Personal projects help launch many careers, but they also help photographers stay in the game for years on end. Photographer Mark Peterson, who started his career more than 35 years ago, says the most important thing photographers can do to keep going, especially through career valleys, is to “find a project that you care about, that isn’t about [trying] to get work, and that you’re doing because you honestly want to show people something.”
Personal projects have served as stepping stones throughout Peterson’s career. In 2017, he published “Political Theatre,” his groundbreaking work about the pretense, egos, and stage-managed “optics” of presidential politics. His previous project, called “Acts of Charity” and published in 2004, was about
money and privilege on parade at charity events.
“From 2005 to 2008 or 2009, I felt my work really suffered, and a lot of it just wasn’t very good,” he says. “I felt like I was in quicksand. Every time I took a step I felt like I was sinking deeper, and wondering if I had it in me to keep making pictures….[I kept wondering]: “What can I do different? How can I move forward?”
Peterson has always been interested in photographing politics, and the political right in particular. When the Tea Party gained momentum after 2008, Peterson found it irresistible. “It was like your grandma sitting in a lawn chair yelling the most awful, nasty things. I really wanted to capture that. That’s what motivates me: trying to explain the strange, crazy world we live in.”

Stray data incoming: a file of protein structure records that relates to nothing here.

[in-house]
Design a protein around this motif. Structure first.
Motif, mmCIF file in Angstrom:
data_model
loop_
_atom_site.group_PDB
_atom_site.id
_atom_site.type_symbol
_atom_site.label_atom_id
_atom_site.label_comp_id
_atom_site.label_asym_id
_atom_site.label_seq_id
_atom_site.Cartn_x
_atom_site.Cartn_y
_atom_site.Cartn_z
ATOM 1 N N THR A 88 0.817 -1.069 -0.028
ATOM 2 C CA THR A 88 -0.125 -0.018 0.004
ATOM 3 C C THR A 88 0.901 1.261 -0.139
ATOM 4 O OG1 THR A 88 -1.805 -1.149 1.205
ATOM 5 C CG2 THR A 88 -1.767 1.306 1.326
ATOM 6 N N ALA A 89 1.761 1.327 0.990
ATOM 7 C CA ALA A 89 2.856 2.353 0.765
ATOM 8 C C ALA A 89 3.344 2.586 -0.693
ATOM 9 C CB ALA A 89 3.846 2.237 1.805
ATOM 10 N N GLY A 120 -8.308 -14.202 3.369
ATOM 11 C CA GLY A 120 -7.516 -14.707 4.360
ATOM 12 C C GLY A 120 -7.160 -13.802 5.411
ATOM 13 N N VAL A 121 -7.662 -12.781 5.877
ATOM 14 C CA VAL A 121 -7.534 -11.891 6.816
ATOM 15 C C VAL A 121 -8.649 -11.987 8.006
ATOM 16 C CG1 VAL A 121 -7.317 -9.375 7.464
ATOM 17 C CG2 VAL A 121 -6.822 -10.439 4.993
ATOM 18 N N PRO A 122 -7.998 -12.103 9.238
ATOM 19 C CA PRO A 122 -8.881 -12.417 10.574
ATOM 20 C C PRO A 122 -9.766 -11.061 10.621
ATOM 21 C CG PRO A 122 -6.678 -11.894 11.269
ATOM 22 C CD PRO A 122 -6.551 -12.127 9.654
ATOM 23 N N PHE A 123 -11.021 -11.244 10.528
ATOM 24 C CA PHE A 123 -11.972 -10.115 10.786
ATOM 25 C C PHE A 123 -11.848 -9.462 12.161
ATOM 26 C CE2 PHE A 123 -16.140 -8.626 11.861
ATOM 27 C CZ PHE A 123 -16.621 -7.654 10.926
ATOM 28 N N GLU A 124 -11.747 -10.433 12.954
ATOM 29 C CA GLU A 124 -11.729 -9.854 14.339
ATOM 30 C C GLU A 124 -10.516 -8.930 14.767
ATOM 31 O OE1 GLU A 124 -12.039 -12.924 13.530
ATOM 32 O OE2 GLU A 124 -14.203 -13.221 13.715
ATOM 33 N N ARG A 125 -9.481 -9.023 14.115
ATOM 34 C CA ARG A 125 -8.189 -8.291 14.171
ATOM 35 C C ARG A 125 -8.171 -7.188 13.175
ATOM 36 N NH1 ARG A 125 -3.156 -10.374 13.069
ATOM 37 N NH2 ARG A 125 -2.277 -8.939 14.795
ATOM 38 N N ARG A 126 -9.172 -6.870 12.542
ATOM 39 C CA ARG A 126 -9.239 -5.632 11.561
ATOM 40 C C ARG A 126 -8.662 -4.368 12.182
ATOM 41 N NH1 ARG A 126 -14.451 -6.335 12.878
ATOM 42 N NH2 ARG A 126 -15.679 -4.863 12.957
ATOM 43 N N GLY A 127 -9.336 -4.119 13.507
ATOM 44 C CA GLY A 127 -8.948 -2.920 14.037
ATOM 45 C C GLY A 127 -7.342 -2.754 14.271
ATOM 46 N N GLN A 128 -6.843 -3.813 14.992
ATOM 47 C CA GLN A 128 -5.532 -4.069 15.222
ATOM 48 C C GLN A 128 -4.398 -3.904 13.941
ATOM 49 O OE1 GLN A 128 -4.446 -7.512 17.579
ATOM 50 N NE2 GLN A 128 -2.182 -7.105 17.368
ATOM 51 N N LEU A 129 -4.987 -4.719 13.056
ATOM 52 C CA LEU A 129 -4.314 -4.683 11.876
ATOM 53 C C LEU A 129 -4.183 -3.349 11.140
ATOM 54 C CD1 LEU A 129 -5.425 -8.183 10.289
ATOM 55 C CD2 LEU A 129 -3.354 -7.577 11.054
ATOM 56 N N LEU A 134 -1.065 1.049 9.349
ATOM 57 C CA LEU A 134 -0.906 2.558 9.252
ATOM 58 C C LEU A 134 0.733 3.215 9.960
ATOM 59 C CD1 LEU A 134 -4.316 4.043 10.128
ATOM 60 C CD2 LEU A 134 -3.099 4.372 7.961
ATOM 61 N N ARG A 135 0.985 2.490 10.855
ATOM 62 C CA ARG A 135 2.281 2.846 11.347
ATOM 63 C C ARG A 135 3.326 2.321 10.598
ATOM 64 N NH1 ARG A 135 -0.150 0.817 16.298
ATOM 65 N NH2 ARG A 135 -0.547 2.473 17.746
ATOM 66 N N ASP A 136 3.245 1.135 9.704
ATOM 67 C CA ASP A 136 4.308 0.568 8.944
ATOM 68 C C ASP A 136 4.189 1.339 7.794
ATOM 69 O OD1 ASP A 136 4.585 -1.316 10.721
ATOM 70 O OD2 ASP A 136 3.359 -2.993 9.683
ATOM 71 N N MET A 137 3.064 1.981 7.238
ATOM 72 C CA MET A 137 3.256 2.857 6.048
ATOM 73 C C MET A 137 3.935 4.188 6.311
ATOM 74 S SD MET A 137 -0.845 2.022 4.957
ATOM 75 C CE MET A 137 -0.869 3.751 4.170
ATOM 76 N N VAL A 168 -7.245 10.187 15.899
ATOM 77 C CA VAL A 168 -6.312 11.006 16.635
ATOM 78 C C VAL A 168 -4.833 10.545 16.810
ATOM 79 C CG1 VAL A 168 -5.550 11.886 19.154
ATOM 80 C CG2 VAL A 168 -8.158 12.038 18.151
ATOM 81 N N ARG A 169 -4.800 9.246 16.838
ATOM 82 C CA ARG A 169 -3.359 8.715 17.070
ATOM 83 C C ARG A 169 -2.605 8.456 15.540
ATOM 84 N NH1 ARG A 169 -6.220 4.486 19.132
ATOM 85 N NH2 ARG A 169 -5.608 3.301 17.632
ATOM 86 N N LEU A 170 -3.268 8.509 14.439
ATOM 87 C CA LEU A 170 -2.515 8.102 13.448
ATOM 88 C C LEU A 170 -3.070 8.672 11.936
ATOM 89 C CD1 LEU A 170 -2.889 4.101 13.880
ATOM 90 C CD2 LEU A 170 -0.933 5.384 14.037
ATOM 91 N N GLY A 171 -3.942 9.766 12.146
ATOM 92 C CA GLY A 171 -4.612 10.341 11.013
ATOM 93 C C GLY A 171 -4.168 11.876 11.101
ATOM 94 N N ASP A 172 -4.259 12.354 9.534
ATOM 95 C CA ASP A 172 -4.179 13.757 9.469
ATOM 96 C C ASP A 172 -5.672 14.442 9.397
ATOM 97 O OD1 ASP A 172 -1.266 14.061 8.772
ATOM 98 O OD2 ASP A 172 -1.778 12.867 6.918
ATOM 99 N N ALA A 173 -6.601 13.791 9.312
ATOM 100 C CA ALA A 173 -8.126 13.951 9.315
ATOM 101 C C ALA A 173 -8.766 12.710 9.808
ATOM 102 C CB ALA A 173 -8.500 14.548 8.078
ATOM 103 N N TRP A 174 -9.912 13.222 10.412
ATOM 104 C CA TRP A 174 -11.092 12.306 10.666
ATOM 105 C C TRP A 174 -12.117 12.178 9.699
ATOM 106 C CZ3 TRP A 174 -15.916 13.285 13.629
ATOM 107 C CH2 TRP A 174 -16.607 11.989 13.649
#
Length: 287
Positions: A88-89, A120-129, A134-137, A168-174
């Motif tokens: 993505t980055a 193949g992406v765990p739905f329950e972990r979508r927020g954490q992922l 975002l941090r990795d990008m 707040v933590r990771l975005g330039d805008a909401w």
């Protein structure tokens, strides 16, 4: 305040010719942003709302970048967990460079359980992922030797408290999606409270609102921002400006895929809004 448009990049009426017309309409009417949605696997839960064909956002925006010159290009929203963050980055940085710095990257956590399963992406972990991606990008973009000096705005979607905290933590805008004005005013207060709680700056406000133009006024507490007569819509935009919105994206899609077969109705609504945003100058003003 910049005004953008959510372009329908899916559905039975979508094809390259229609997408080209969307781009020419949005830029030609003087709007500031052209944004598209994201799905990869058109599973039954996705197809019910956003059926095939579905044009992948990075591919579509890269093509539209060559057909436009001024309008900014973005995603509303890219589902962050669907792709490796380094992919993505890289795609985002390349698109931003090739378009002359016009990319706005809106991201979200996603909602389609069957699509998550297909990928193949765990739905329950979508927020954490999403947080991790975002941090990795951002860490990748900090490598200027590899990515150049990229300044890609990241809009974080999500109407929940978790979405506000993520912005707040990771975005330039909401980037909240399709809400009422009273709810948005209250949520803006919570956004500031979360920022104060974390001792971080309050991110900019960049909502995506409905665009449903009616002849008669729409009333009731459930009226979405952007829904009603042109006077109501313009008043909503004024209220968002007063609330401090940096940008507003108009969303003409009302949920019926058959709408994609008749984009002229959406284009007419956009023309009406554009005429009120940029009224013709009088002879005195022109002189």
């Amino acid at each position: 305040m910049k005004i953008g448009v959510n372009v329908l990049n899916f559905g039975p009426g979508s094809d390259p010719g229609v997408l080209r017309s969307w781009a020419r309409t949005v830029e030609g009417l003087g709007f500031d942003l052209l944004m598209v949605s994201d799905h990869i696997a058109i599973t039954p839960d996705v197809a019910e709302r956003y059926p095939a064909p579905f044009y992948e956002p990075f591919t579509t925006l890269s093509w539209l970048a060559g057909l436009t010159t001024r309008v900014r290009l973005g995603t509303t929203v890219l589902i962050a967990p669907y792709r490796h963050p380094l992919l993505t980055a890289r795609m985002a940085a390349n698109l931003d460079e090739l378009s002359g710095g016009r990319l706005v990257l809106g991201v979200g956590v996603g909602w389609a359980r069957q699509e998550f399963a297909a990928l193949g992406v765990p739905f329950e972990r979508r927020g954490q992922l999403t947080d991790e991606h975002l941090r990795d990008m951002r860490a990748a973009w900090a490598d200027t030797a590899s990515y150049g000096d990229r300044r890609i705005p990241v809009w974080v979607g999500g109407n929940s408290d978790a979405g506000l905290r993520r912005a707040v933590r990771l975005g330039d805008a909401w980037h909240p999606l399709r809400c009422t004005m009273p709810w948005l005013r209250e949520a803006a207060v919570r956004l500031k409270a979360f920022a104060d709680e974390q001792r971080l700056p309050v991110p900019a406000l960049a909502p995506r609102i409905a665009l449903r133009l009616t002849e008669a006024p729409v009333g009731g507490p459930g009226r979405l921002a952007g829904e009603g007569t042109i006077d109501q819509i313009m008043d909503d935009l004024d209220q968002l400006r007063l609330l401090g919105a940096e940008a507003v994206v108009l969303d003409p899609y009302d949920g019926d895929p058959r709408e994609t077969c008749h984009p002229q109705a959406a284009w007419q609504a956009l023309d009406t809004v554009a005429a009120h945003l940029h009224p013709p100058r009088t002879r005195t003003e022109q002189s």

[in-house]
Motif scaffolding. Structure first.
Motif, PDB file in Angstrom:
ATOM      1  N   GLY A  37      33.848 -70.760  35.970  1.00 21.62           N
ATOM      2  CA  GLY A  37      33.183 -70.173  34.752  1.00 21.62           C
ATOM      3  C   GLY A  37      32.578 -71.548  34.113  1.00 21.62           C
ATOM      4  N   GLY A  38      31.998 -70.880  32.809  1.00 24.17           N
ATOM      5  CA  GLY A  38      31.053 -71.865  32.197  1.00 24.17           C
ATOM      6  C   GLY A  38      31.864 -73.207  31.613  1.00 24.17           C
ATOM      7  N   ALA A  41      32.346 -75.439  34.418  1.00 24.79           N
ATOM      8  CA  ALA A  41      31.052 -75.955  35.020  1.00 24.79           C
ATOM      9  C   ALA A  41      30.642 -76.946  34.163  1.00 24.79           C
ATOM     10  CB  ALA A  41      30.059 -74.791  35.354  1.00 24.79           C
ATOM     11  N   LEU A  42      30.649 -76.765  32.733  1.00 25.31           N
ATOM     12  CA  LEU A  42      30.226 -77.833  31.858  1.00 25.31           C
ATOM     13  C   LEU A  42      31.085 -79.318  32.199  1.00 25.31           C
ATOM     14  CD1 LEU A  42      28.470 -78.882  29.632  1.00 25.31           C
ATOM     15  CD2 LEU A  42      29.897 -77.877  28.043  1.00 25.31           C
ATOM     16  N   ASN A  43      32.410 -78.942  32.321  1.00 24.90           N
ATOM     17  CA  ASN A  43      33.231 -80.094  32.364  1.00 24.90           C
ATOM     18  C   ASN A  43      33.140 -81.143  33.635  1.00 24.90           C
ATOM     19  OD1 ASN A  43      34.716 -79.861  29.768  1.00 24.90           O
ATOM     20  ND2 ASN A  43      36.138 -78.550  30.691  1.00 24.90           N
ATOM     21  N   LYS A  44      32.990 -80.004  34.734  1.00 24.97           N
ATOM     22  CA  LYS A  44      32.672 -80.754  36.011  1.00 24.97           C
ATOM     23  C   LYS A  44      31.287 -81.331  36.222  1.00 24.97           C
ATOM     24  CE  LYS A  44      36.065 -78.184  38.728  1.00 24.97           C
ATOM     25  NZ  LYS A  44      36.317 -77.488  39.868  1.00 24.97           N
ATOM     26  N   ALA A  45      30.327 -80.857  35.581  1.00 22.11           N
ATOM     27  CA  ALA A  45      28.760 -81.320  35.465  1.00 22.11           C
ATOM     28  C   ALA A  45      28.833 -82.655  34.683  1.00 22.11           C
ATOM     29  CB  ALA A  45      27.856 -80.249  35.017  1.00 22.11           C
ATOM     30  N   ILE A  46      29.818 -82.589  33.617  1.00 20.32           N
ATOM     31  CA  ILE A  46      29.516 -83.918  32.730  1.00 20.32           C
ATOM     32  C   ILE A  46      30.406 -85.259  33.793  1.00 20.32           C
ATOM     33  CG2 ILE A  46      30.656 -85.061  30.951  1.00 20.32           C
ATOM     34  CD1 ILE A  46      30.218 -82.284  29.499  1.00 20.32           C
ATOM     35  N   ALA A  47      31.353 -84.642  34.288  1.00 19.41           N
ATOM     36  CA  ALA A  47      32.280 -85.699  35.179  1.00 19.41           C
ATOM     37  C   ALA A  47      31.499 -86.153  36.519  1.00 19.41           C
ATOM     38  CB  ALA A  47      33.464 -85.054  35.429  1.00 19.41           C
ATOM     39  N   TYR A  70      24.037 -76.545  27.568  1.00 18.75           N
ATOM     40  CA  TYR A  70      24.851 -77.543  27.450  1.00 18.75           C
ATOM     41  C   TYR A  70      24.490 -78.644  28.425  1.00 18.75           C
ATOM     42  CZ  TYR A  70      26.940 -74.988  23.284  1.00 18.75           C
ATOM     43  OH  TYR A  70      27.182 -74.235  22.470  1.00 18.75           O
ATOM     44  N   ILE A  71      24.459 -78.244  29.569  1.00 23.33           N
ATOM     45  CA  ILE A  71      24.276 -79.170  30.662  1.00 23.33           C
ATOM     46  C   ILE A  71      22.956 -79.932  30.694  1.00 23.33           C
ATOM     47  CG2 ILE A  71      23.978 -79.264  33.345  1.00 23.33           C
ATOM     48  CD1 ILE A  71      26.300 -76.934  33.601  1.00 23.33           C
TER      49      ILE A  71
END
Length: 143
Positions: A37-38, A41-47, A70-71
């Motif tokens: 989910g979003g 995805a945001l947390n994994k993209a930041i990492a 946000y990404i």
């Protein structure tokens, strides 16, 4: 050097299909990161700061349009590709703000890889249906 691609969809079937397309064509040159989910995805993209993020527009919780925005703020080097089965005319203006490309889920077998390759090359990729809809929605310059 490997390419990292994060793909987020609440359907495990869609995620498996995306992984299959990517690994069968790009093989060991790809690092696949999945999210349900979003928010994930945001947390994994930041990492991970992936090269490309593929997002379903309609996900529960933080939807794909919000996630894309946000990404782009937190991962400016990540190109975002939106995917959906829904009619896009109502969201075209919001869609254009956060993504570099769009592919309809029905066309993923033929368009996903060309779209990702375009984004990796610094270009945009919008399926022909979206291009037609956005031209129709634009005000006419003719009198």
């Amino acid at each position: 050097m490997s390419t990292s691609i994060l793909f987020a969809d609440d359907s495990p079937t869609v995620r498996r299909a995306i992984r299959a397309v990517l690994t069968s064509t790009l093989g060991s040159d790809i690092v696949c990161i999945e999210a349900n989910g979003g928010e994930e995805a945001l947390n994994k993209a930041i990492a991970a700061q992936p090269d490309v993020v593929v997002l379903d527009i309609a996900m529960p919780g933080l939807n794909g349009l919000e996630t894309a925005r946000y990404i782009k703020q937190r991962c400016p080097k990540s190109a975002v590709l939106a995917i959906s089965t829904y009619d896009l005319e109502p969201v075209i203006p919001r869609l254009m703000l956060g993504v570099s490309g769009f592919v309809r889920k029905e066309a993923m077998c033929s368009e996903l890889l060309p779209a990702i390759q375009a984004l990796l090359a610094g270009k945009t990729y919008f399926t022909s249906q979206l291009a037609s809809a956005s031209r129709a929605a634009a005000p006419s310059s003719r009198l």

Still, it took Peterson a few years of experimenting and constantly pushing himself to find his voice for the project that became “Political Theatre.” But the assignment work followed, and Peterson’s career peaked once again.
Now at work on a new project about the radical right, Peterson says he measures his success by the progress of his projects, not the money he earns. “At the end of the year, you can look and say: ‘That was a good year. I made five pictures for that project and I’m halfway through it,’ or: ‘I just started and I’m missing this.’ You can look ahead to the next year and kind of say, ‘This is what I’m going for.’”
See more about Peterson’s work and advice in “How Mark Peterson Stays Inspired and How He’s Fueled His Long Career.”
Nautical photographer Alison Langley, who is the subject of this month’s “What’s Your Niche?” column in PDN, specializes in photographing classic wooden yachts: under sail, under construction and in repair in boatyards along the Maine coast. “It’s architecture with curves. It’s visually incredible,” Langley says of the boats she photographs. Among her clients are some... More ›
Photographer Jill Greenberg has launched an online directory in an effort to promote women photographers for advertising jobs, film and television key art, and magazine covers. Called Alreadymade, the platform serves as a resource for clients looking to hire experienced women photographers. To be included on the site, photographers have to have shot at least... More ›
What GDPR means for photographers. More ›